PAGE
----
Not to get boring and long-winded, here, but innovation, R&D, and affordable manufacturability are all separate things. You gotta have all three, to get an affordable piece of new technology in your garage (or your livingroom or wherever,) IMO.
True, i work for a software company and r&d "supposed" to be where our major expenses are, but we run our company rather conservatively...... that is why we're neither the market leader nor has gone bankrupt!
There has been a suggestion by a well-known economist to impose a large (like 50 cents/gallon) federal gas tax but compensate by lowering the income tax. Apparently the positive effects of the income tax break on the economy would far overcome the negative effects of the gas tax hike. Now, one would expect poor families who might have to opt for a longer commute due to cheaper housing in the exurbs to get hit hard by the tax hike, but interestingly enough there's a 1991 MIT study that claims the lower income brackets aren't going to be highly affected.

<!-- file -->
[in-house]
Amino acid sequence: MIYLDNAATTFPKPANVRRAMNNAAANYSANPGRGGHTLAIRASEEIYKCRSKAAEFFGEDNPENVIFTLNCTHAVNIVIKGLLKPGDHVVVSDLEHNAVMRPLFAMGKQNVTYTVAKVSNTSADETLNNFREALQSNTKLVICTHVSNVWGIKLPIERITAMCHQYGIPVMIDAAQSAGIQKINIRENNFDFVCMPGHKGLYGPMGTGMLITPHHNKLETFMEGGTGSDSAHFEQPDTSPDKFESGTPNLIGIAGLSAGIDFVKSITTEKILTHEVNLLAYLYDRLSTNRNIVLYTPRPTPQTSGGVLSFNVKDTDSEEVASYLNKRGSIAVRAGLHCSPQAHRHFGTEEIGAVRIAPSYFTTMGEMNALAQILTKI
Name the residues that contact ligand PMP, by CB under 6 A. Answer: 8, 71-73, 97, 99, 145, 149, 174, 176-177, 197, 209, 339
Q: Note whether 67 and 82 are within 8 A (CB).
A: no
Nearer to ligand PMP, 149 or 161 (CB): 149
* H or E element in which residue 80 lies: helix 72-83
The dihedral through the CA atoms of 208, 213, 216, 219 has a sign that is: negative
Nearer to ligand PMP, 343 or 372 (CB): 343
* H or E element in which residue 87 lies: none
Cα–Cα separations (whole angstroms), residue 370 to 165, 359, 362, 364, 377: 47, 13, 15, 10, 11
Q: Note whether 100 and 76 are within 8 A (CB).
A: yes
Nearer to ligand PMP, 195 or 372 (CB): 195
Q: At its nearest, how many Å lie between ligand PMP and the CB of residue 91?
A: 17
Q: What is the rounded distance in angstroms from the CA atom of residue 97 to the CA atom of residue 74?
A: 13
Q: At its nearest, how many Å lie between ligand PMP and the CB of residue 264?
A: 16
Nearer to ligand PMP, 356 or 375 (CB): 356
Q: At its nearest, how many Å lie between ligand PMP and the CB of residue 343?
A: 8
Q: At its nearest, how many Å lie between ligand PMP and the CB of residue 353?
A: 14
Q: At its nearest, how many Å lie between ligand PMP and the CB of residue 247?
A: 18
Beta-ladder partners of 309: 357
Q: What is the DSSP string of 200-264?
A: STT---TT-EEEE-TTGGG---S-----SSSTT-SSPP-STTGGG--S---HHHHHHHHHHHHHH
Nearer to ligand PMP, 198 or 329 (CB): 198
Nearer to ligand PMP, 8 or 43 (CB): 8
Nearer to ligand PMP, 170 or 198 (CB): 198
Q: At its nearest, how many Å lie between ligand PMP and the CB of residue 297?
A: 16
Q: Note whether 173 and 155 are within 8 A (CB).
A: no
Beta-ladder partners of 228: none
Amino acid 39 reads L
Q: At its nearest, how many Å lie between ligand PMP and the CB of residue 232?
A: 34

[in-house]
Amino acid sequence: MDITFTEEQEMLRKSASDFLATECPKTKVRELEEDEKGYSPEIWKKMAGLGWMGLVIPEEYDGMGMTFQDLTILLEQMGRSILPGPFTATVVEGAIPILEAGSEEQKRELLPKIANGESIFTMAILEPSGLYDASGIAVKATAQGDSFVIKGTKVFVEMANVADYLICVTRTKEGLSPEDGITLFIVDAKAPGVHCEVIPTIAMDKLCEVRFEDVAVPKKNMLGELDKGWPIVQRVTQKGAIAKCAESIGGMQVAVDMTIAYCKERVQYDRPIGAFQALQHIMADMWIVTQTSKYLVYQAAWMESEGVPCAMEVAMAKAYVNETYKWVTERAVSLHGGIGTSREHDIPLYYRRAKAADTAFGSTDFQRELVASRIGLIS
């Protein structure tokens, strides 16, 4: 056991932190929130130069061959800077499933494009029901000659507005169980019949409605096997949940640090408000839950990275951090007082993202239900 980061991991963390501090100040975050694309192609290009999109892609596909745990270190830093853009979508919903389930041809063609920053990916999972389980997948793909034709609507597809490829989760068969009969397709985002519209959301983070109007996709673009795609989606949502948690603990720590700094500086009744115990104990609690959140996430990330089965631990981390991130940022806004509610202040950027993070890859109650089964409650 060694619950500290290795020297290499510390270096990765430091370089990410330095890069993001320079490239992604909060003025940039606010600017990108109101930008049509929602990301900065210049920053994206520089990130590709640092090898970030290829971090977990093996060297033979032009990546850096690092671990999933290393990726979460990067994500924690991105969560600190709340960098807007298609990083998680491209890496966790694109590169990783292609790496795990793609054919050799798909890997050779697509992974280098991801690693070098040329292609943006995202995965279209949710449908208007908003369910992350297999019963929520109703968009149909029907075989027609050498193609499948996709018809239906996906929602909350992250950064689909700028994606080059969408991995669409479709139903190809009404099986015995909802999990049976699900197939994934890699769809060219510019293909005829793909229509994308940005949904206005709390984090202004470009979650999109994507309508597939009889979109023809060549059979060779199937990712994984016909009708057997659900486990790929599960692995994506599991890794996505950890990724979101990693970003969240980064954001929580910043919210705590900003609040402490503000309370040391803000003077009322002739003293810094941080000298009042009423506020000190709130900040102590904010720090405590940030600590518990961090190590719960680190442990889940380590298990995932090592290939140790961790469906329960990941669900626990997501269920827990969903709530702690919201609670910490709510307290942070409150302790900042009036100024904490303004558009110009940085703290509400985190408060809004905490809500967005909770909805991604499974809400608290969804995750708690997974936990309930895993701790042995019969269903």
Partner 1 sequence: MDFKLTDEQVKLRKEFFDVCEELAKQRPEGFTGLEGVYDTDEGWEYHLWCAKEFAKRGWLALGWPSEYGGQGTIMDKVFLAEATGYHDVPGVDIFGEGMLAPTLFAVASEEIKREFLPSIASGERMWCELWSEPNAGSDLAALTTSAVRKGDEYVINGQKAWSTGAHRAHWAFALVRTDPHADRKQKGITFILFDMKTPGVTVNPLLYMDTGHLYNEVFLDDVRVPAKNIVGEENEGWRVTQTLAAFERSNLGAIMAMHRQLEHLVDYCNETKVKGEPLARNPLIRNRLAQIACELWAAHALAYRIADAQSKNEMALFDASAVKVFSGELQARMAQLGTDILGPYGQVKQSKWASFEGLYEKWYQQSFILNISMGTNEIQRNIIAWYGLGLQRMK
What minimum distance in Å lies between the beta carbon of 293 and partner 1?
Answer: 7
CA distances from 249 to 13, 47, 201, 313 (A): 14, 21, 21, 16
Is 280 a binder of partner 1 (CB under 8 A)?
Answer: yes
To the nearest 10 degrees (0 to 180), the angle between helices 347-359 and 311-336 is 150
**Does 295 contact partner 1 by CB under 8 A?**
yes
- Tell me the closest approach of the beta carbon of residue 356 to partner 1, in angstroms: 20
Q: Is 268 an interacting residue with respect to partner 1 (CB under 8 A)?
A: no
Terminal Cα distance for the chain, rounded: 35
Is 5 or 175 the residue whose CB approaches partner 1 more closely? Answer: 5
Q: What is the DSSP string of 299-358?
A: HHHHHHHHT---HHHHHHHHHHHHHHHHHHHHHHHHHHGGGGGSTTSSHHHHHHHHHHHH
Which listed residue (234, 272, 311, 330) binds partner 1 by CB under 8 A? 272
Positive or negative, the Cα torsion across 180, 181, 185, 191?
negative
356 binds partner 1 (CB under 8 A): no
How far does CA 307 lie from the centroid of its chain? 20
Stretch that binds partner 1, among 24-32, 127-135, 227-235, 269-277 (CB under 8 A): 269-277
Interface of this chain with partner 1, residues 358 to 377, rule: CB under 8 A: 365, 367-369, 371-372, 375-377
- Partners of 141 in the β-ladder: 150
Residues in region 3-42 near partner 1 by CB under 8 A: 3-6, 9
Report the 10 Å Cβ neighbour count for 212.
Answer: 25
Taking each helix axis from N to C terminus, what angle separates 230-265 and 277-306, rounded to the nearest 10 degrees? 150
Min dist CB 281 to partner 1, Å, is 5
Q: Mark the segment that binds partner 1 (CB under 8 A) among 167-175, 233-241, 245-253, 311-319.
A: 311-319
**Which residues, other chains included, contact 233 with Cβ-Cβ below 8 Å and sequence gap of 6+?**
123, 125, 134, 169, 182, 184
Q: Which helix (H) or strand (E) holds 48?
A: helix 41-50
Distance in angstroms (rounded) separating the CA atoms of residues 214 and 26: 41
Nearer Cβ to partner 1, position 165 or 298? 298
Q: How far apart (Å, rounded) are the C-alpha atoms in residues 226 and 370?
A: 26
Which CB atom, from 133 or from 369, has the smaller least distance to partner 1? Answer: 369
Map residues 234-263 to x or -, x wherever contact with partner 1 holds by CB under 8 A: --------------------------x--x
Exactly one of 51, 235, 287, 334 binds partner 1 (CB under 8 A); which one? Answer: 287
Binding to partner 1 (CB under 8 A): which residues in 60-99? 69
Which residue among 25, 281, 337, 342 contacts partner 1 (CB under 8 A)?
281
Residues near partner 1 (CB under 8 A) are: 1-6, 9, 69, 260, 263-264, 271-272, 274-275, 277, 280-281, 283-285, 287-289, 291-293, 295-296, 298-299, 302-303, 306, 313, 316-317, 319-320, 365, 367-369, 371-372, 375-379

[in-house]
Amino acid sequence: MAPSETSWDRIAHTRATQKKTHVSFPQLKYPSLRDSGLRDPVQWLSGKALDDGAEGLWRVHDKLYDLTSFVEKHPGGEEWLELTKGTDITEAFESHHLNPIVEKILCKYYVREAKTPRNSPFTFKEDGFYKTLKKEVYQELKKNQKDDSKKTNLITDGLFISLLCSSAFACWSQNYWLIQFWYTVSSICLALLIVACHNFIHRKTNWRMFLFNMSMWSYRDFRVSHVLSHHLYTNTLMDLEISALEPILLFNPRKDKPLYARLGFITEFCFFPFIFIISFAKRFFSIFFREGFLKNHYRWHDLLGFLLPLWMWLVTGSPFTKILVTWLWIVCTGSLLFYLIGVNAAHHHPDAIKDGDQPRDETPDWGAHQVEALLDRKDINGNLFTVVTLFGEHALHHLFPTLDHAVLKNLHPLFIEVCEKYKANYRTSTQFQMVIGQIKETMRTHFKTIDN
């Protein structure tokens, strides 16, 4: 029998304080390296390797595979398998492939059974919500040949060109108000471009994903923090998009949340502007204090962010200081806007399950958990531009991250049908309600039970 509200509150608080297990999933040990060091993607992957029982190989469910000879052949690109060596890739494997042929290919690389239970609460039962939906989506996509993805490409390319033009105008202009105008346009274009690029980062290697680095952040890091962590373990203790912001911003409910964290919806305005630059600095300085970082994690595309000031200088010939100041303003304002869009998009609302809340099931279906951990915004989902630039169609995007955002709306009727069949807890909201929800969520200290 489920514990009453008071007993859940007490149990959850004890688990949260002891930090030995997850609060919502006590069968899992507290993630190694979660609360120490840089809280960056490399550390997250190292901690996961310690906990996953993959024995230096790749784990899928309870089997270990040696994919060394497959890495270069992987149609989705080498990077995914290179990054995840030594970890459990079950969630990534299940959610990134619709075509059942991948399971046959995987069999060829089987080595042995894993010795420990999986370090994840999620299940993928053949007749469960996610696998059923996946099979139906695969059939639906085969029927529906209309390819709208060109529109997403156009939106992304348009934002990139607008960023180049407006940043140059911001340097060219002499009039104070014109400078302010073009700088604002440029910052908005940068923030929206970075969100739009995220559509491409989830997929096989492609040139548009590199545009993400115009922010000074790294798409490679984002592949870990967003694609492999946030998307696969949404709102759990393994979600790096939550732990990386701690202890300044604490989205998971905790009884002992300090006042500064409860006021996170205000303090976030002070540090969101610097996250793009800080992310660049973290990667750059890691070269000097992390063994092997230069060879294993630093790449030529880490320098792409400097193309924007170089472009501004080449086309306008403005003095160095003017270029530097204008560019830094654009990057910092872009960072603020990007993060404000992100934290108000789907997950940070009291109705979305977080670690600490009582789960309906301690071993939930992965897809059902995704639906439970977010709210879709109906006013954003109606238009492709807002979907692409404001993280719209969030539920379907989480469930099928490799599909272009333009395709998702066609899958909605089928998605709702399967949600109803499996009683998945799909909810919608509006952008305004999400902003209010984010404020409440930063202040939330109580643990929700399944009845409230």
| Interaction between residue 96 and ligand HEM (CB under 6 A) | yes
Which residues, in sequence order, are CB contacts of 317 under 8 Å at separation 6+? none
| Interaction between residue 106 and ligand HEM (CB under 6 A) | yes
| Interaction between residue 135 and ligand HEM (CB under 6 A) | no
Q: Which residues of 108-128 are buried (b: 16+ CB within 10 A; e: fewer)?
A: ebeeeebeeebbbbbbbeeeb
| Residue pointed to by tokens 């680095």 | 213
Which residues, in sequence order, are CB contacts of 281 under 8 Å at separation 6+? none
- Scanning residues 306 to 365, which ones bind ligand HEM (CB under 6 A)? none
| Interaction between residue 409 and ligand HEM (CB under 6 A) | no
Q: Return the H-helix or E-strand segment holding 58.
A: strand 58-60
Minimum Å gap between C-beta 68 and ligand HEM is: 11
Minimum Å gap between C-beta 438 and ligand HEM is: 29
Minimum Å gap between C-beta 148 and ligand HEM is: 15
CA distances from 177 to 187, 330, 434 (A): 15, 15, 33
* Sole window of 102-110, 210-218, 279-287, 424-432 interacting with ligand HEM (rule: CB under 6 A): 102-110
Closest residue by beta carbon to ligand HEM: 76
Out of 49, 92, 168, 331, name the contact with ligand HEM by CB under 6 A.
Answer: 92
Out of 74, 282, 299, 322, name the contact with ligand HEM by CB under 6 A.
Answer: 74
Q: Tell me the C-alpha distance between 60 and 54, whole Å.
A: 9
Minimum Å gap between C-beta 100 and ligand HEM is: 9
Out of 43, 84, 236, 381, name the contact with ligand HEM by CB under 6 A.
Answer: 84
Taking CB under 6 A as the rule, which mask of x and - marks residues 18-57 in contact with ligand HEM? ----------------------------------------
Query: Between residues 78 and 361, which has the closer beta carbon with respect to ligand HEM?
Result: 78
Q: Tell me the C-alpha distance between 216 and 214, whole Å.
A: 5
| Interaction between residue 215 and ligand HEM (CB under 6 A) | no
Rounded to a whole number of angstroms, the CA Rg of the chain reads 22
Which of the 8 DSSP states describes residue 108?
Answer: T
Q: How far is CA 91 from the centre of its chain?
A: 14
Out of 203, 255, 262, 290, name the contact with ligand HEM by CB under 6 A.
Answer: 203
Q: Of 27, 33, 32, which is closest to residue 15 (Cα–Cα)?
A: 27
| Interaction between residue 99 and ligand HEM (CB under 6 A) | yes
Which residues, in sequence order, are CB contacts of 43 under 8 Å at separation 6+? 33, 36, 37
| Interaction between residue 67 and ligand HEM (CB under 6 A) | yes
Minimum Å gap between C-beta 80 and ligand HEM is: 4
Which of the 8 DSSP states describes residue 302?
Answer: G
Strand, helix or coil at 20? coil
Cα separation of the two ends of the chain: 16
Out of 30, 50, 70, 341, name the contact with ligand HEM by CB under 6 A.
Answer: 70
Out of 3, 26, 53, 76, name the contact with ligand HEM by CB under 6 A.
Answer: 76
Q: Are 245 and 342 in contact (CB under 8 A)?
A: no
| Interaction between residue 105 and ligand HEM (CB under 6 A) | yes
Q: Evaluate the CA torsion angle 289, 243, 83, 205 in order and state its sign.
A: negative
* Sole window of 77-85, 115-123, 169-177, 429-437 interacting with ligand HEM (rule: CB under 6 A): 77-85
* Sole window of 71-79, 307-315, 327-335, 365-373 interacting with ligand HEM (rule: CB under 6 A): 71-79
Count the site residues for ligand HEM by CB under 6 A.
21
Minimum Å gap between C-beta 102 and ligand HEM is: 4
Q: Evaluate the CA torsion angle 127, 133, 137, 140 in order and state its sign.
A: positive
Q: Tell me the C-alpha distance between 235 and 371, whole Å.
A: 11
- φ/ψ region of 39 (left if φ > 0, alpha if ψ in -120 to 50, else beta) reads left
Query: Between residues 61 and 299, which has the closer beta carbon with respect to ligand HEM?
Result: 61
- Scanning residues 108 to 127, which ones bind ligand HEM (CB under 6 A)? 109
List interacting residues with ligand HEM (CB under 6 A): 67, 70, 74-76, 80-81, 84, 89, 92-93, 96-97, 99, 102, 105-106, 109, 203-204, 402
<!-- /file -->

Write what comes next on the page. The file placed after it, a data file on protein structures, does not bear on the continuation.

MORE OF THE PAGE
This is all, of course, a moot point because such tax hikes will never get approved, seeing how gas prices are a tangible everyday expenditure that everyone's riled up over anyhow. Which is a pity, because I'd love to see gas taxes on par with Canadian or European levels, with the revenue going to fund public transit.
Not that it would do too much good on the whole. American transportation is so car-centered it's sickening. All regional transit systems are woefully underfunded, as is Amtrak. A significant gas tax hike would help fix existing transit systems in major metropolitan areas, but the rest of the country is hopeless. Across-the-board gas tax hike to subsidize public transit wouldn't sit well with the majority who would never see its benefits. That's why regional transit is typically funded through sales tax, although funding via gas tax is more sensible and probably more stable.
Basically, America is thirld world when it comes to public transit, and sadly I don't see this changing anytime soon, the political system being what it is.